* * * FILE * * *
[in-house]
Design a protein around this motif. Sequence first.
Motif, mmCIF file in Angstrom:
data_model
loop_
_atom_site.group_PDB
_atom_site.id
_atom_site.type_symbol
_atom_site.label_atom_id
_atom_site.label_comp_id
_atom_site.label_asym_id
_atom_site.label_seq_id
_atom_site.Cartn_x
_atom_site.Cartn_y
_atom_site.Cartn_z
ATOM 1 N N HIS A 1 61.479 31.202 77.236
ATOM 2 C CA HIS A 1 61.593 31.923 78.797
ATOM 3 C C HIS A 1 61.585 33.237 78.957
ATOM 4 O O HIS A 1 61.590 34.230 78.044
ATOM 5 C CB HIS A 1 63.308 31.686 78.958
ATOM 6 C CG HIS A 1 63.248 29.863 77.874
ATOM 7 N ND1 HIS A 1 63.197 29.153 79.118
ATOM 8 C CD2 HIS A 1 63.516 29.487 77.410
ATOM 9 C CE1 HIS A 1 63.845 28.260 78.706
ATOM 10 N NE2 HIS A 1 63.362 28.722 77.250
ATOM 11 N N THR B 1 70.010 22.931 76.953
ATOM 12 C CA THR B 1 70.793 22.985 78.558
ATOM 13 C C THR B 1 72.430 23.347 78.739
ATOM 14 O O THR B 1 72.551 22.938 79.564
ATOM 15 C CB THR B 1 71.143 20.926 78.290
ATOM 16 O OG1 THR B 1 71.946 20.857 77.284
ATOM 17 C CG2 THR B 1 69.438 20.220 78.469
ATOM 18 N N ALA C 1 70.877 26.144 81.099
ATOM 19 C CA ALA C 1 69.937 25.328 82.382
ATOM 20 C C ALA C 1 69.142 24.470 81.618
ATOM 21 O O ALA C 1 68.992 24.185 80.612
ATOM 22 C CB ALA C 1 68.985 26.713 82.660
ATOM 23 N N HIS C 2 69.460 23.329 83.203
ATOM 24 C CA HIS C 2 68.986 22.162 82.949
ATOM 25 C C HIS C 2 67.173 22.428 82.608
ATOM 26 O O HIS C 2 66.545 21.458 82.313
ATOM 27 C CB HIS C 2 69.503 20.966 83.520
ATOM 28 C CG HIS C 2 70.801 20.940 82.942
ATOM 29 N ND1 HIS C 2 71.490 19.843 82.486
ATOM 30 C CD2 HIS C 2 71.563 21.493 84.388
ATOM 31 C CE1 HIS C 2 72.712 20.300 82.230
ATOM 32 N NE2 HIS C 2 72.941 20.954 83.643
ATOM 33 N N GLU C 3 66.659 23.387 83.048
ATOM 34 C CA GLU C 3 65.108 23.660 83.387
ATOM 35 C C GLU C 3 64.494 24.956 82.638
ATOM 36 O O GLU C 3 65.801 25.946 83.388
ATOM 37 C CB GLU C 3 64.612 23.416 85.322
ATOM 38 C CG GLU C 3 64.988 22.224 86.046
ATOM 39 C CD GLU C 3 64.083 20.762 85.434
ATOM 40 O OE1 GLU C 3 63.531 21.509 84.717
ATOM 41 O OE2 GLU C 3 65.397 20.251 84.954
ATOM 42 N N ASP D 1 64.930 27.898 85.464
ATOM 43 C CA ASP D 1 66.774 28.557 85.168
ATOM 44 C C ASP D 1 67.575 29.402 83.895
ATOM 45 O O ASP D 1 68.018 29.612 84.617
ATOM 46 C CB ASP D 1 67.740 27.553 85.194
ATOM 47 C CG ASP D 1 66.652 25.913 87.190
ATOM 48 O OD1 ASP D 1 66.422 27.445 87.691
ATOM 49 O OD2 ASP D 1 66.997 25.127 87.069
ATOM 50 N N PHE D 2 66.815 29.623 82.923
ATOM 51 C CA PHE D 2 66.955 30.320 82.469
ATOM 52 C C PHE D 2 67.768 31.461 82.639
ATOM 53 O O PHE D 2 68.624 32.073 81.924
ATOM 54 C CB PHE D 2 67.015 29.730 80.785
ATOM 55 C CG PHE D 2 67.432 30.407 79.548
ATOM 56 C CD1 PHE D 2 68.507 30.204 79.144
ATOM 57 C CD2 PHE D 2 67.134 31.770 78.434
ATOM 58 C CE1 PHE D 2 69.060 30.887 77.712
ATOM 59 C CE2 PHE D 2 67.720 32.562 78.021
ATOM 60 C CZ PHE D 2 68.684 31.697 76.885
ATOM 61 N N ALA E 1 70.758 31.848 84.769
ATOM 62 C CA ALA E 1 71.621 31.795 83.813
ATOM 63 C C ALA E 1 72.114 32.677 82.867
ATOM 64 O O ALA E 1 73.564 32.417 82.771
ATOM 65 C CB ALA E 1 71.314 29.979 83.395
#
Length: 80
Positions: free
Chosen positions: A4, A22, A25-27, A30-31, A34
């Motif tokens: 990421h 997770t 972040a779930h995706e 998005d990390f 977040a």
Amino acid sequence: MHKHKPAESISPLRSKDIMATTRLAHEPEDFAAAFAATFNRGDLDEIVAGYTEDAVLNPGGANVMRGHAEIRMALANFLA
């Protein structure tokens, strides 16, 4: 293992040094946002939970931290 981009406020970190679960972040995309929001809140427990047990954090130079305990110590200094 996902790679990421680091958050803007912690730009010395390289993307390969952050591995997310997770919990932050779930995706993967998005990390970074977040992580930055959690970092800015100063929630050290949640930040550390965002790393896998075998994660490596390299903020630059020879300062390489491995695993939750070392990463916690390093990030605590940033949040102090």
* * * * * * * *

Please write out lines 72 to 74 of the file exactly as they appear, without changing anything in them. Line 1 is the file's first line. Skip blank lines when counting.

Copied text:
ATOM 57 C CD2 PHE D 2 67.134 31.770 78.434
ATOM 58 C CE1 PHE D 2 69.060 30.887 77.712
ATOM 59 C CE2 PHE D 2 67.720 32.562 78.021